May 27, 2022
TRENTON, N.J. – The Assembly on Thursday passed Assemblyman Ron Dancer’s bill that appoints new leadership for the nation’s oldest and largest environmental education academic institution.
Friends of the New Jersey School of Conservation are appointed managers under Dancer legislation (A3149), taking over from Montclair State University, which had operated the New Jersey School of Conservation since 1981. The school is located on 240 acres in Stokes State Forest in Sussex County.
“The Friends have been an invaluable asset to the running of the school and stepped in when Montclair found it was no longer viable to keep the school open during the Covid-19 pandemic,” said Dancer (R- Ocean). “The organization has submitted a plan to ensure the functioning of the school. It will be exciting to see what this new chapter brings to the school and to the thousands of teachers and students who benefit from it.
The Friends have shifted their focus towards restoration, preservation and advocacy in recent years. With Montclair out, at the height of the pandemic, Friends reopened the school on a limited basis in the summer of 2020 and secured $1 million from the state legislature for repairs to some of the 55 buildings that make up the campus. In partnership with Rutgers University, Ramapo College and Sussex County Community College, the organization plans to modernize and transform the school into a premier training and research facility. Dancer noted that he enjoyed Montclair’s role in the transition.
The Dancer’s Bill requires Friends to submit a financial statement each year to the Department of Education, which would be responsible for funding the school. His plan proposes a budget of $1.72 million by fiscal year 2025.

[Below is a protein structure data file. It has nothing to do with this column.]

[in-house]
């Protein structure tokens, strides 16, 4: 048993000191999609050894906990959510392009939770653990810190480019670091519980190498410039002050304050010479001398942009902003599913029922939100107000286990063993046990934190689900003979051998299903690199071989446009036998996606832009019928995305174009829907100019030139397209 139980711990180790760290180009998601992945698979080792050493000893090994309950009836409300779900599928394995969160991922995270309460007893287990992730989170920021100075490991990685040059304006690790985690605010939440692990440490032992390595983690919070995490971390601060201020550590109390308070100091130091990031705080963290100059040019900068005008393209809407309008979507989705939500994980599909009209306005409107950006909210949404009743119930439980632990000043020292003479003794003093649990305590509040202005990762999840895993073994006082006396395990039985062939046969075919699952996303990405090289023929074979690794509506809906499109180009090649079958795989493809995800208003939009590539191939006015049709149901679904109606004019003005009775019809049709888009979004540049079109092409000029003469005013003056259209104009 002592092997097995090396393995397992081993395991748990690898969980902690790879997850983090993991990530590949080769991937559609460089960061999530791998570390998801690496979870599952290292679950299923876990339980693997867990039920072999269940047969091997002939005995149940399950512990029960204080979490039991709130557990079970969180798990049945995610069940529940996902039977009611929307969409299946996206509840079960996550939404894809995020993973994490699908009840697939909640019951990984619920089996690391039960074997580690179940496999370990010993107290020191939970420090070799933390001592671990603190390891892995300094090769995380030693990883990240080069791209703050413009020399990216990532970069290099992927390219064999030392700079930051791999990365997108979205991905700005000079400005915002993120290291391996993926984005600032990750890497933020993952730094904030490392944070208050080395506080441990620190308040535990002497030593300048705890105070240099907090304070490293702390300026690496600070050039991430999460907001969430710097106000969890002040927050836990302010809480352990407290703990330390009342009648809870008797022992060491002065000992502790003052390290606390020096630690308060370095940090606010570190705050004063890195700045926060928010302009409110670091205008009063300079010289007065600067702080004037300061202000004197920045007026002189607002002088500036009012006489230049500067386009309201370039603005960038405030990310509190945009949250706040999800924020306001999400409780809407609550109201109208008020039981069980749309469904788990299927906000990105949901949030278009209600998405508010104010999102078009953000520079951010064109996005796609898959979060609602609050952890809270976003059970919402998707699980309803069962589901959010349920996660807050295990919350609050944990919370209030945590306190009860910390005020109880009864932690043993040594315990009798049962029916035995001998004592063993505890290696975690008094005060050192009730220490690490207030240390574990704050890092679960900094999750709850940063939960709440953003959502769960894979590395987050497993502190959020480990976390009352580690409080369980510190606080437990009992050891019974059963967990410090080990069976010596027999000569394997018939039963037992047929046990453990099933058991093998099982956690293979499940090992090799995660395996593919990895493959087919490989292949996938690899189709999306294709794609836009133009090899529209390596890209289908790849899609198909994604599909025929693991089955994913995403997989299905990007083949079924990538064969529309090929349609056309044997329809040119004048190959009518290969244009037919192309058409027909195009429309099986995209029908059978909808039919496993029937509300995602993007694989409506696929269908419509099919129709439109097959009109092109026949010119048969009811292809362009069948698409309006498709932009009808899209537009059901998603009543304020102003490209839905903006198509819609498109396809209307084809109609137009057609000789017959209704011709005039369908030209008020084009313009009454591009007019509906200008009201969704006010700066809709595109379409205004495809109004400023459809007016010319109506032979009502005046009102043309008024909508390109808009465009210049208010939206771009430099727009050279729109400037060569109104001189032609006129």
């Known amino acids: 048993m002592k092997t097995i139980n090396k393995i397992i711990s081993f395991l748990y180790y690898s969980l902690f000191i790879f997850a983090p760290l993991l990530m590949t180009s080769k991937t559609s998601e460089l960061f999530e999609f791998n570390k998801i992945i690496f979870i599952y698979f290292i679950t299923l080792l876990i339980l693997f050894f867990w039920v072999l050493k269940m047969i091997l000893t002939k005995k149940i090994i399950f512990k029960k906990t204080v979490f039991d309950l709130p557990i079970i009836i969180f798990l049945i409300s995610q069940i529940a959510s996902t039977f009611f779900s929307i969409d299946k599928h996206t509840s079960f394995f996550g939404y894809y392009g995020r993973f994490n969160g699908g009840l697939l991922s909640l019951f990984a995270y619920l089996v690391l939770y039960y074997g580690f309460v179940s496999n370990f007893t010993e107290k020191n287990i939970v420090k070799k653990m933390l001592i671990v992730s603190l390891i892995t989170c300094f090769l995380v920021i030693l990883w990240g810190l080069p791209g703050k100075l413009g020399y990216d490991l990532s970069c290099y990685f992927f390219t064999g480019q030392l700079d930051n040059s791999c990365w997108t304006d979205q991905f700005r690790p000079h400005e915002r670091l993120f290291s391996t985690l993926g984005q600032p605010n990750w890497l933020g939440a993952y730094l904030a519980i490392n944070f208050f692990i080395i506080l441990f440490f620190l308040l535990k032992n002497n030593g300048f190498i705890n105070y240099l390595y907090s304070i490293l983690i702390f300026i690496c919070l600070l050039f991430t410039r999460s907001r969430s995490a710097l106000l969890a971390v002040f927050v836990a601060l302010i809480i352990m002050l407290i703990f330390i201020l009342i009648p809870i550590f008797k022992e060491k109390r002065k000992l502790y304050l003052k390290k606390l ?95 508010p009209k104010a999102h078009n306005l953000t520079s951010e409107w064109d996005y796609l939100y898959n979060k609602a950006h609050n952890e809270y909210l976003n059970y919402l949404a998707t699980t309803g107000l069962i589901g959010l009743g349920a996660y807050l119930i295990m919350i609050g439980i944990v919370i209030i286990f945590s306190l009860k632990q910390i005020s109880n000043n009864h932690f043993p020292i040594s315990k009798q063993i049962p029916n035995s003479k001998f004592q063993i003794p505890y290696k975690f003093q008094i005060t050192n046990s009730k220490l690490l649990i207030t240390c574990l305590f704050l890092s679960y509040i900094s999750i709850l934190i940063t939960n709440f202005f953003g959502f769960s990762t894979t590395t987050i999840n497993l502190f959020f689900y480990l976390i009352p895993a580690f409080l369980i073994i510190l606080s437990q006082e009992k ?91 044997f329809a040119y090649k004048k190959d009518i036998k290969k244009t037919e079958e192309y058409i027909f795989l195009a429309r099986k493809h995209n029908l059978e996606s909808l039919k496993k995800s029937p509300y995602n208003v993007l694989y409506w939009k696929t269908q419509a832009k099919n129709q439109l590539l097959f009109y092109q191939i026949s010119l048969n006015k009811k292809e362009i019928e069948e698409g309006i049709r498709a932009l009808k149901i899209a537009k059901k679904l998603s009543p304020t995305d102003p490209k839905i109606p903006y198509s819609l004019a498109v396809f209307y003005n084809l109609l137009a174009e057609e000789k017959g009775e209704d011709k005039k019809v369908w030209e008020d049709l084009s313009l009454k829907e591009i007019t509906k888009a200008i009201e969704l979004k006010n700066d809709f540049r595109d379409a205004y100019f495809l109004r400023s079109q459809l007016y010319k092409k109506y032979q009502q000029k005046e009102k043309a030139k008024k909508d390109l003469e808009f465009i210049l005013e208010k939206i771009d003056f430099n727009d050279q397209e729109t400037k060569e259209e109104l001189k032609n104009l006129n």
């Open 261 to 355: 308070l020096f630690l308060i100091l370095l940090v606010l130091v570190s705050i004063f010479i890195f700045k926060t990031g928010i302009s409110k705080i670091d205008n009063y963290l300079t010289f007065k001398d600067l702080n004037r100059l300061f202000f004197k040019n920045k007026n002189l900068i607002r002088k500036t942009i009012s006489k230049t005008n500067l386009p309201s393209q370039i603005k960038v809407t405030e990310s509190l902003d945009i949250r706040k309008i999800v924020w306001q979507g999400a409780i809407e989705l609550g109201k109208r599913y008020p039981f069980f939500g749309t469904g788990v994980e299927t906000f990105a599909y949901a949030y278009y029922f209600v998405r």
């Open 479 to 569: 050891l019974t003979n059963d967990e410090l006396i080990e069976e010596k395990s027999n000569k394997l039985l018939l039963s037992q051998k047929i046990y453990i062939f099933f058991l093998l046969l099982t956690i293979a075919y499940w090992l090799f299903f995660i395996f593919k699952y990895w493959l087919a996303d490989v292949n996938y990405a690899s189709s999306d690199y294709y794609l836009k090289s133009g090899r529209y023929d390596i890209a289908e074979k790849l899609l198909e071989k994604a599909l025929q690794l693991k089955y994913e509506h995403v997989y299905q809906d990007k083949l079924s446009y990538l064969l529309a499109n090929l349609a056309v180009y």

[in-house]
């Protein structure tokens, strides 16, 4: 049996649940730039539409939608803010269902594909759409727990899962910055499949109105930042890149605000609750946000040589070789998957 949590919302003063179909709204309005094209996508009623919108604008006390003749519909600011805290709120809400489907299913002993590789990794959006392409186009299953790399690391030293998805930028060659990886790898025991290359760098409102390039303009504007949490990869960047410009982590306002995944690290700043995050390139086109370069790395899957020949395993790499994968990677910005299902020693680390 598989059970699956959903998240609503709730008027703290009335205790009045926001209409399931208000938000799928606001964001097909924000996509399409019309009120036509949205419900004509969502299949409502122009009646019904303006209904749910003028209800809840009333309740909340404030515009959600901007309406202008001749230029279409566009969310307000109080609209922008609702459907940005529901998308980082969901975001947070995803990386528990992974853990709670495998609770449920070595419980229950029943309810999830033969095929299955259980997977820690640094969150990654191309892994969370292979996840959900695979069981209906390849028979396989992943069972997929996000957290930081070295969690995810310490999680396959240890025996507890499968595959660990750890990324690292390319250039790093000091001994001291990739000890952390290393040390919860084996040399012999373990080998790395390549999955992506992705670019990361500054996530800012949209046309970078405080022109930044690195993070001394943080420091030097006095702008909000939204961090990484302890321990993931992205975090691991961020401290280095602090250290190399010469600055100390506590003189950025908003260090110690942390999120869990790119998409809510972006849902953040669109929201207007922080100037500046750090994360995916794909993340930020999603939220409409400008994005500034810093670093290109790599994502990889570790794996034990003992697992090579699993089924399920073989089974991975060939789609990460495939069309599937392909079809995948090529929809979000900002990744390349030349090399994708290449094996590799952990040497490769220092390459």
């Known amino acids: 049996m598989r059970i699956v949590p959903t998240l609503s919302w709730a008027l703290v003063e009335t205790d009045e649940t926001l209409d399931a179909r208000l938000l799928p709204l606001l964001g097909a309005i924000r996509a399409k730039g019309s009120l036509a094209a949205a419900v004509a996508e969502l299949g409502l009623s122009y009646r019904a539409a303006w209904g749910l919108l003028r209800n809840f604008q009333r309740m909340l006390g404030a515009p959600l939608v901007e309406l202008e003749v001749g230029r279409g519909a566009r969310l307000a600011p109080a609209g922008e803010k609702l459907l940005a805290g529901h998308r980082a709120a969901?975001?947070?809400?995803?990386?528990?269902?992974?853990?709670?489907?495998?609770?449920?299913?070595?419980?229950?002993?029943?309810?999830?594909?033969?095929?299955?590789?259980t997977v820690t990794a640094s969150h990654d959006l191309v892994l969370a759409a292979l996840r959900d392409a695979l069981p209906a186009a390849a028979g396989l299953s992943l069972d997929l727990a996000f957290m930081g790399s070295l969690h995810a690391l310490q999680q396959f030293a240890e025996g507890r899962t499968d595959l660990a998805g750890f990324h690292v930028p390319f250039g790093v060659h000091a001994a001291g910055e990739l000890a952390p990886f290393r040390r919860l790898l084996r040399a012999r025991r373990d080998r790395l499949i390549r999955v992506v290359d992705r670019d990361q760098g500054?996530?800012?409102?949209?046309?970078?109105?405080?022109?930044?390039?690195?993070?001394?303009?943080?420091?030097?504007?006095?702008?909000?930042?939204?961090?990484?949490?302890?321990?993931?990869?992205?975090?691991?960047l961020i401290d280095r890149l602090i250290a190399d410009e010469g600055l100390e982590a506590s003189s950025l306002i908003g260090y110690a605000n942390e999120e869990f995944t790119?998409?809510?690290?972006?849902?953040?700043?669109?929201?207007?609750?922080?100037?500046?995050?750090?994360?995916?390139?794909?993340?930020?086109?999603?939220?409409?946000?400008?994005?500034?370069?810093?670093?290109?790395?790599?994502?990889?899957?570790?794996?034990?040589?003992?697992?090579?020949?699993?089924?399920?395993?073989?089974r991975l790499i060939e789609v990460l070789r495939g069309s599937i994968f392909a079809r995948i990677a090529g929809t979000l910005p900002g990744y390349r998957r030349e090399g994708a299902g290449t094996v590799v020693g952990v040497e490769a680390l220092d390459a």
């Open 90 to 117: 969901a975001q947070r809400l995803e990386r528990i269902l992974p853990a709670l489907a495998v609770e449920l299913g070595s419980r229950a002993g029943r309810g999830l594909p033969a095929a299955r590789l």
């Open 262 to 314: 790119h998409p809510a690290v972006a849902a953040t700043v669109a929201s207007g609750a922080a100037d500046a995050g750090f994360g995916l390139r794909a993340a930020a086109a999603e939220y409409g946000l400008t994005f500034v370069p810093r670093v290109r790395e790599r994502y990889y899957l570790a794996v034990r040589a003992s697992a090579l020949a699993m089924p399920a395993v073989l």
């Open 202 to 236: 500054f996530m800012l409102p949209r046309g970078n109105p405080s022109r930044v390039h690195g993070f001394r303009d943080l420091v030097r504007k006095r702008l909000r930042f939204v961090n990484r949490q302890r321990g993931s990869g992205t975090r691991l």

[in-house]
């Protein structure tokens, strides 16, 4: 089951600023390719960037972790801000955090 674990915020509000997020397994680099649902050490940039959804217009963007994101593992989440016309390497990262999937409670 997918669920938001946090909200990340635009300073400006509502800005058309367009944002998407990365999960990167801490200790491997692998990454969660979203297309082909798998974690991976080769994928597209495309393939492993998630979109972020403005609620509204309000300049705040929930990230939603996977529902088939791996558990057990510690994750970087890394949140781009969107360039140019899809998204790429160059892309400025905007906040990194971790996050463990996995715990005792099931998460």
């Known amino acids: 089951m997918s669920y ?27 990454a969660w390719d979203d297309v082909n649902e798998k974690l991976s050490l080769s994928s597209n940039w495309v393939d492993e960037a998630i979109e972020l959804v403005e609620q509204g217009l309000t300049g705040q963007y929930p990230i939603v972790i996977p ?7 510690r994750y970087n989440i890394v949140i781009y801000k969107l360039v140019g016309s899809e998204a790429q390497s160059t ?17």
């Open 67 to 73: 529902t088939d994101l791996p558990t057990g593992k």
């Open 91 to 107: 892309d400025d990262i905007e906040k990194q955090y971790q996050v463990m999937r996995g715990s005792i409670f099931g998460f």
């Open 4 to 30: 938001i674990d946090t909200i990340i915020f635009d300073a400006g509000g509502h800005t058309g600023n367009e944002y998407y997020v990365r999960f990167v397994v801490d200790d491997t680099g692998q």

“The New Jersey School of Conservation has provided valuable environmental education programs for decades,” Dancer added. “My bill will ensure the school continues to provide this for years to come.”
The bill is now heading to the governor’s office for signing.
Located on 240 acres of land at Stokes State Forest in Sussex County, New Jersey, the School of Conservation is our country’s oldest and largest environmental education center. NJSOC has a long and famous history, beginning in 1949 when officials from the Department of Higher Education, university presidents, Department of Conservation and Economic Development, politicians and conservationists worked together to realize the promise of a world-class outdoor education center at an abandoned CCC camp. He played a key role in the development of the environmental education movement and served as a model for environmental centers around the world. SOC’s residency programs and summer camps have served more than 400,000 students, teachers, master’s and doctoral candidates, professors and visiting professionals from all walks of life through the nearly 40,000 environmental education workshops and programs offered to the SOC over its 71-year history.
Above are photos of past events from the Friends of New Jersey Conservation School Facebook page